"Abbey Road" offers something for everybody; a 90-year-old senior citizen could enjoy this album as easily as a 5-year-old kid. The sounds and tastes of this record are all over the map. For instance, whereas "Come Together" is a serious rock anthem with a heavy message, songs like "Maxwell's Silver Hammer" (Lennon-McCartney) and "Octopus's Garden" (Ringo Starr) are silly pop nuggets. Romance is also present, like on George Harrison's beautiful "Something" (which includes a swooning string section), and on the dramatic "Oh! Darling," where Paul McCartney belts out the lyrics in his most sincere tone. Overall, there's a boyish, innocent quality to these songs, especially lyrically, yet a sophistication to the sound and musical development. In short, the Beatles, as well as their producer, George Martin, possessed the resources, talent, musicality and what must have been a sense of finality to create one of the best records ever.

Though the Beatles were on their way out with "Abbey Road," the seven-minute-plus "I Want You (She's So Heavy)" is reminiscent of another British band on their way in back in 1969, Led Zeppelin. The song features longing lyrics and an indelibly heavy guitar riff in the style of Jimmy Page before he became a household name.
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86 of 95 people found the following review helpful By Matthew Di Micelli on June 15, 2005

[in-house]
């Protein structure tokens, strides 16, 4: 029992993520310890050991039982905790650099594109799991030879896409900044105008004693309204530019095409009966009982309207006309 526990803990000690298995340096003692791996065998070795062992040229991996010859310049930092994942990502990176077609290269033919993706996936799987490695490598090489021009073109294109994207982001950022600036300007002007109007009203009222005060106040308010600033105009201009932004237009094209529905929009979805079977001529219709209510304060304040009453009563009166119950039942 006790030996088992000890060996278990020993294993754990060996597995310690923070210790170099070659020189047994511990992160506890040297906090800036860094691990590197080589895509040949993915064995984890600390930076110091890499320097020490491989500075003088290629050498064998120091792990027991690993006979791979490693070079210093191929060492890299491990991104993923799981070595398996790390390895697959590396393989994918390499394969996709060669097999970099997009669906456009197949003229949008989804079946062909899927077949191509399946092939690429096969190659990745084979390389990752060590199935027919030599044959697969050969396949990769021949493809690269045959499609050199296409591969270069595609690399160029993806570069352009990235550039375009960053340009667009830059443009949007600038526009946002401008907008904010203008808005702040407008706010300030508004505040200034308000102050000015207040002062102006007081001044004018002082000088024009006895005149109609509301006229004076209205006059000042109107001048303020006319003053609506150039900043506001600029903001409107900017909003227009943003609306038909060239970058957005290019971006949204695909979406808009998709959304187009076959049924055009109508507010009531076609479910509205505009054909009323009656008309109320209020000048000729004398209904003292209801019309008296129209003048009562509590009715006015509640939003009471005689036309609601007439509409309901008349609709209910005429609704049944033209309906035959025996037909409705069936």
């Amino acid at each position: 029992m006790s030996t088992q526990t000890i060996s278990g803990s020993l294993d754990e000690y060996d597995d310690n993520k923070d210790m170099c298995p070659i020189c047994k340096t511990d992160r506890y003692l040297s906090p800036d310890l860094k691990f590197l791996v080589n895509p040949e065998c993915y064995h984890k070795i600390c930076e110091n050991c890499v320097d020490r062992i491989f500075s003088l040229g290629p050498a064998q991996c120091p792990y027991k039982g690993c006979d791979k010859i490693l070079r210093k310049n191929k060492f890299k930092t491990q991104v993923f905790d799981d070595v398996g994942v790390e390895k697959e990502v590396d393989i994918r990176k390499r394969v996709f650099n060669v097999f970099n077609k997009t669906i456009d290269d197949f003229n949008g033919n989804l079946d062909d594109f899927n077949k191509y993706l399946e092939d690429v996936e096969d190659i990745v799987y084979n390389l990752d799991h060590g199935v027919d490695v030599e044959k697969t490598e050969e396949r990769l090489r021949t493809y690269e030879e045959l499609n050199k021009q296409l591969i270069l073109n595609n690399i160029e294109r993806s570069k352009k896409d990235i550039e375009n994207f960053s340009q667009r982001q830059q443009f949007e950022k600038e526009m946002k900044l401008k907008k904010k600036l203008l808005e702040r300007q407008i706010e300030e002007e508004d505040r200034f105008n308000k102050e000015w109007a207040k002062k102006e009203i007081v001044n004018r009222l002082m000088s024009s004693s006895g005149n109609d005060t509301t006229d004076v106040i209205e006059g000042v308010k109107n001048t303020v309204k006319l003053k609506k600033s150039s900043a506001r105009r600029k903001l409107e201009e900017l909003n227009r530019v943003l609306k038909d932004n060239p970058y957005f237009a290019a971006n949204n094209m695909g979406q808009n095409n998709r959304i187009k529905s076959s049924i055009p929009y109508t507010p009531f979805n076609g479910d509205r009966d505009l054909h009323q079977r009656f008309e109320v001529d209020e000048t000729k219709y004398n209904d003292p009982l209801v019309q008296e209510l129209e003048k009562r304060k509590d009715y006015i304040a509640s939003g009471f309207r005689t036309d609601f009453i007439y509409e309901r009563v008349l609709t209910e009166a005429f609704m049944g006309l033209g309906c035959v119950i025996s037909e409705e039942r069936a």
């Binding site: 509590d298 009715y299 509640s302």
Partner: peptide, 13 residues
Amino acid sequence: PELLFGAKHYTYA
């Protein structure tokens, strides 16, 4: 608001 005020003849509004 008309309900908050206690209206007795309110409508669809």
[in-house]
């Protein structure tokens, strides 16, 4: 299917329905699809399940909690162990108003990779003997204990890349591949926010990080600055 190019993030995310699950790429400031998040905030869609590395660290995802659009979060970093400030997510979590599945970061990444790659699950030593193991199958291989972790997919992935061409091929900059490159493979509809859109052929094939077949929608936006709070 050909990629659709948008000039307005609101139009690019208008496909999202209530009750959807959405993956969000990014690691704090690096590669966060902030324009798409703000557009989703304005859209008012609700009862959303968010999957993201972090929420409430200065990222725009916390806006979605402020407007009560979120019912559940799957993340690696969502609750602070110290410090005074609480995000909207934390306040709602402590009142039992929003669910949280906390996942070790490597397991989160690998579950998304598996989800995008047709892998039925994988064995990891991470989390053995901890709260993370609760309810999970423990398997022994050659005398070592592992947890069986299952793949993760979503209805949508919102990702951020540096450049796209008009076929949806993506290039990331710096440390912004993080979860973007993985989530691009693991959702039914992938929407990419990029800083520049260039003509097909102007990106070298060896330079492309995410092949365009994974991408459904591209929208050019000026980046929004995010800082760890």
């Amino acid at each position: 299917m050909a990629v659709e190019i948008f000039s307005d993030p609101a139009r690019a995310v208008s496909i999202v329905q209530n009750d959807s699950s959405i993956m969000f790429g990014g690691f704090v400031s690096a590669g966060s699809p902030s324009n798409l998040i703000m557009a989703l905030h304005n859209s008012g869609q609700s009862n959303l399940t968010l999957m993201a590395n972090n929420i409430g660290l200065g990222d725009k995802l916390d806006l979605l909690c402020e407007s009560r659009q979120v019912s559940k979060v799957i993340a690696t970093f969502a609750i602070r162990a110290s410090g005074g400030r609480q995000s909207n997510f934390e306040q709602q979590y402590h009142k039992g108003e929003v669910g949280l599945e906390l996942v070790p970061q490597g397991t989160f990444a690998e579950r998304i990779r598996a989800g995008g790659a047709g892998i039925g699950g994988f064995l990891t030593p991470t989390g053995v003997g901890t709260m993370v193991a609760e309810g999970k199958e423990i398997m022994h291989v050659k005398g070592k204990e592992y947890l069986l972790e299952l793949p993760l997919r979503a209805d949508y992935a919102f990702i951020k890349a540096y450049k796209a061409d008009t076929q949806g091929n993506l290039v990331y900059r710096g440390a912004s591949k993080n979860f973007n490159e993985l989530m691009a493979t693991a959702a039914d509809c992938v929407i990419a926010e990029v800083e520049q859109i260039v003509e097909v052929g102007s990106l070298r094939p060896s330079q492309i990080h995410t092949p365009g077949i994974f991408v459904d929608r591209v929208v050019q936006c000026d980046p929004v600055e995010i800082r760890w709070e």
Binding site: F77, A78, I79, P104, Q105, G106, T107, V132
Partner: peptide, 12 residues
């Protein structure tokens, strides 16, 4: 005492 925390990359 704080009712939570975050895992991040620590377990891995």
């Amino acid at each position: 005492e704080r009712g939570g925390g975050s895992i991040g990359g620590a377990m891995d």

Format: Audio CD
Hi. This was my first Beatles album. I am normally a fan of Metallica, Guns and Roses, Black Sabbath, AC/DC, so I never really thought that I would like the Beatles. Well, I was suprised when I listened to this album. It really is great. Every song is genius. I know this may not sound like much coming from a hard rock/metal fan, but what I am trying to say is that I think anybody can apprecitate this album, it really is a work of art!
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77 of 87 people found the following review helpful By P Magnum HALL OF FAMEVINE VOICE on January 4, 2001
Format: Audio CD
While Let It Be was their final release, Abbey Road was the result of the last time they recorded together in the studio. Despite the annonmosity and frayed tensions among the band, Abbey Road shows that they could produce music head and shoulders above everyone else. "Come Together" has a Chuck Berry riff and George Harrison's "Something" has became a standard with even Frank Sinatra recording a version. "Oh! Darling" has Paul McCartney flexing his vocal muscles and "Octopus' Garden" is a fun and goofy Ringo Starr composition. "I Want You (She's So Heavy)" is aptly titled as it has an urgency and yearning John Lennon vocal with heavy guitar playing. "Here Comes The Sun" is the best song George Harrison did with the Beatles with it's optimistic lyrics playing in stark contrast to the dark clouds surrounding the band at the time. The song suite that closes the album shows the band were still willing to push boundaries and it is appropriate it closes out with a song called "The End". Abbey Road marked the close of the recording career of the greatest group in music history. In the six years that they made music in the studio together, they produced songs that not only affected the music world, but the world as whole. From their hair, to their clothes to just about everything they did, they gripped the public's image and attitudes.